Of the three, it is Svankmajer who understands that Alice is not merely a book for children, indeed on its original publication, reviewers thought it, “strangely appropriate for adults” and not particularly suitable for children”. [Giddens, 2013:1] Svankmajer subverts the idea that the home is a private and secure space. His Alice creates Wonderland in the domestic, making home the site of internal conflict, where the repressed are stowed away in hidden rooms, behind locked doors, in attics, closets and cupboards. Svankmajer, like Carroll, seems to be encouraging children (of all ages) to explore their own imaginations and to overcome fear whilst continuing their journey through life.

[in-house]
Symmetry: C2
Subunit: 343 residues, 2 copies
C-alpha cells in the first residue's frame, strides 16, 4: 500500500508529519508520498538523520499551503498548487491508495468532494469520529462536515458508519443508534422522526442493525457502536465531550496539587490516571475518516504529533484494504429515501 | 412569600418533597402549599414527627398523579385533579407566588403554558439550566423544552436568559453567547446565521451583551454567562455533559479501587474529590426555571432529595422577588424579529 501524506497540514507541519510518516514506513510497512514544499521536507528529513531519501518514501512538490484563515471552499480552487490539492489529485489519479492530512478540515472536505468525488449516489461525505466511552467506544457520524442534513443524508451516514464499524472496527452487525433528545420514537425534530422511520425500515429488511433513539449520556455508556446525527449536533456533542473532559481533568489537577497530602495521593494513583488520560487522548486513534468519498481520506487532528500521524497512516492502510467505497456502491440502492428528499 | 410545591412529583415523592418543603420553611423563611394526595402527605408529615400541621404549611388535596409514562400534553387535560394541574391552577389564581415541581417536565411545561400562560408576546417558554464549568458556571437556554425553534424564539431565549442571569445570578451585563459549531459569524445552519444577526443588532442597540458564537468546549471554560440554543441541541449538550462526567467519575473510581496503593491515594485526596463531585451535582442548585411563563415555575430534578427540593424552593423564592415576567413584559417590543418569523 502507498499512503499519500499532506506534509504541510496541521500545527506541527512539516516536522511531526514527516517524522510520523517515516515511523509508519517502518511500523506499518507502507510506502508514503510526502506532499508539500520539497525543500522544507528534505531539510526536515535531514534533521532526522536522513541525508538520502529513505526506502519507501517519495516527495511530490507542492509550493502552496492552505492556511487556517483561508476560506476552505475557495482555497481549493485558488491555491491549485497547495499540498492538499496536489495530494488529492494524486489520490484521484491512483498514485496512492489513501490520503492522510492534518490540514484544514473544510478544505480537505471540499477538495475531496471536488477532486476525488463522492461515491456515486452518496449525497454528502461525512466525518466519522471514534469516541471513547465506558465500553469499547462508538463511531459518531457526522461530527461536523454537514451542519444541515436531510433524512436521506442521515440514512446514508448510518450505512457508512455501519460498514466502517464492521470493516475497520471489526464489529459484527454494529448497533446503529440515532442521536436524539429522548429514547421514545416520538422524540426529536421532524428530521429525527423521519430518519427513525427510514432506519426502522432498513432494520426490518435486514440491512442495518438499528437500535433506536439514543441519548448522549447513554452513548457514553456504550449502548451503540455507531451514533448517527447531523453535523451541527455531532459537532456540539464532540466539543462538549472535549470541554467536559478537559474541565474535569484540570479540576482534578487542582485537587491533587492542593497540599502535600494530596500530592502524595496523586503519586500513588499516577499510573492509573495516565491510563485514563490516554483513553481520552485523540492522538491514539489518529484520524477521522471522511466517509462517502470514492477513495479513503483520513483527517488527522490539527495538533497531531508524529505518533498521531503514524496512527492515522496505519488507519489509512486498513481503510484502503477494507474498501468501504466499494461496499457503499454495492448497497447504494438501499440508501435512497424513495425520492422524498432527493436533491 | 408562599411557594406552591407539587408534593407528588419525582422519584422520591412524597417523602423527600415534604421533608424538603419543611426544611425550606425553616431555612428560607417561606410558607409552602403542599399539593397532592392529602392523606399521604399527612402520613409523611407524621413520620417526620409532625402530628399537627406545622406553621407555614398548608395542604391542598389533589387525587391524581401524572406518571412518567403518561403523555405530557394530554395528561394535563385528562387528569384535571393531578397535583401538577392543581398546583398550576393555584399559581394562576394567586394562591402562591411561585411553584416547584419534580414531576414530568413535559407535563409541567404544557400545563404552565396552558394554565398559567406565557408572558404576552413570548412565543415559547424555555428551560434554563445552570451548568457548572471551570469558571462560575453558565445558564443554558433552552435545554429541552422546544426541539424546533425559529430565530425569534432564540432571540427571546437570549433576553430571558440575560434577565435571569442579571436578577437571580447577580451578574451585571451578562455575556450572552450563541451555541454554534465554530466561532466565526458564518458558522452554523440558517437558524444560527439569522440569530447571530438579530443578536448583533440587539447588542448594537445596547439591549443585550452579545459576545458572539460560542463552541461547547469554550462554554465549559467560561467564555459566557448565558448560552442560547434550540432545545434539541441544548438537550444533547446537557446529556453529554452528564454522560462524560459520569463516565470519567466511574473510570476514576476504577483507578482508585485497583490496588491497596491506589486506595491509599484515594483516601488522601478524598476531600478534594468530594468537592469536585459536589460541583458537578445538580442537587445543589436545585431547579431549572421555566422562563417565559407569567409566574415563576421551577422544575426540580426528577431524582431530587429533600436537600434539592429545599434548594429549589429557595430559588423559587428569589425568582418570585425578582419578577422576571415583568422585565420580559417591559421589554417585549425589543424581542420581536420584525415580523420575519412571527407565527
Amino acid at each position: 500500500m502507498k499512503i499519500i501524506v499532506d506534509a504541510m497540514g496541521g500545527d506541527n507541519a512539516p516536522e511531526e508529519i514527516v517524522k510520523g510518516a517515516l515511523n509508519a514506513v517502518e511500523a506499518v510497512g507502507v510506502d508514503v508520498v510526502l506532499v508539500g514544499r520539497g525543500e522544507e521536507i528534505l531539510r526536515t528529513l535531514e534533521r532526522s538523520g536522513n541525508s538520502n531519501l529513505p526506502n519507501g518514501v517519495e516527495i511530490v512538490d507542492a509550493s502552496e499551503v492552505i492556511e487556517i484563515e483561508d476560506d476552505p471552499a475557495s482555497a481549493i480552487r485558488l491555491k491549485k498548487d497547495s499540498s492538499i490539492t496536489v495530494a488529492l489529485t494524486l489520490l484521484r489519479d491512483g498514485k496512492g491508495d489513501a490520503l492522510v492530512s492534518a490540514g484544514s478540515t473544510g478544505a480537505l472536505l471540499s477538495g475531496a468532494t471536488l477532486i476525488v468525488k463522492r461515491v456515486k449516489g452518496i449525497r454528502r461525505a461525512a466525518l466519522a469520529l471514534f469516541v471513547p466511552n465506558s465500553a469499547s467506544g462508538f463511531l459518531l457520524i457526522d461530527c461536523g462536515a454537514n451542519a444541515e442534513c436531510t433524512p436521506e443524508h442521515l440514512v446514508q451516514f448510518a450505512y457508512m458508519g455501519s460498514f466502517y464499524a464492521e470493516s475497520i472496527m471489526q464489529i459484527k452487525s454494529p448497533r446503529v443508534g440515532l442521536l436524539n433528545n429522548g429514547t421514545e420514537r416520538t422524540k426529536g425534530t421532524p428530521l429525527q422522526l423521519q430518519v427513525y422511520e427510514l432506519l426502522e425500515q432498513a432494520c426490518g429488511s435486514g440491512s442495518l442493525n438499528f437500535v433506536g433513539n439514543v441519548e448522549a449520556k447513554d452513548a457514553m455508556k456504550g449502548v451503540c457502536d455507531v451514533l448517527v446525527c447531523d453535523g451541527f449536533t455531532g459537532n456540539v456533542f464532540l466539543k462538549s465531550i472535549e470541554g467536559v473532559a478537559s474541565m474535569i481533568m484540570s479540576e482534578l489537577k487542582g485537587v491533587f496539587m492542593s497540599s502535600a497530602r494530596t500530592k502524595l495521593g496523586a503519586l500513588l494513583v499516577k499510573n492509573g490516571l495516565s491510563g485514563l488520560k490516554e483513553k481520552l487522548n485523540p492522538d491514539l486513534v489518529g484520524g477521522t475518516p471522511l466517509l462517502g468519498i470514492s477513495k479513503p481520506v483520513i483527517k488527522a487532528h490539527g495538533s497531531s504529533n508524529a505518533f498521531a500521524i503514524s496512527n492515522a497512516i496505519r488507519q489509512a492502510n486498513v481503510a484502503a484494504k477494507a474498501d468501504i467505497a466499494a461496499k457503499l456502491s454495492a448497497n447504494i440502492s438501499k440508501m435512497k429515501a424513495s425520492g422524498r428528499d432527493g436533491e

Lewis Carroll’s Alice in Wonderland seems to have a strange power, as those that create works of art, and those who absorb them are drawn back to this childhood classic time and again. The fact that 150 years after its first publication people around the world are still talking about the books; and artists of all kinds return to these classics for inspiration is surely a testament to their enduring appeal and resilience.

 

The novels are strange, Alice herself experiences the uncanny but we as readers and viewers are both inside and outside the text, we see Alice confused, but we too are confused. As she and we journey through Wonderland the strange becomes curiously familiar until the point when one accepts the uncanny as the 'real’ and the real as uncanny.

 

In this dichotomy is summarised thus: “One of the riddles of the Alice books is whether the conclusion is, in the end, the more desired or feared, whether the author wishes to see words fuse into an intelligible and unified meaning, or to prevent them from doing so.” [Broadbent et al, 1994:37]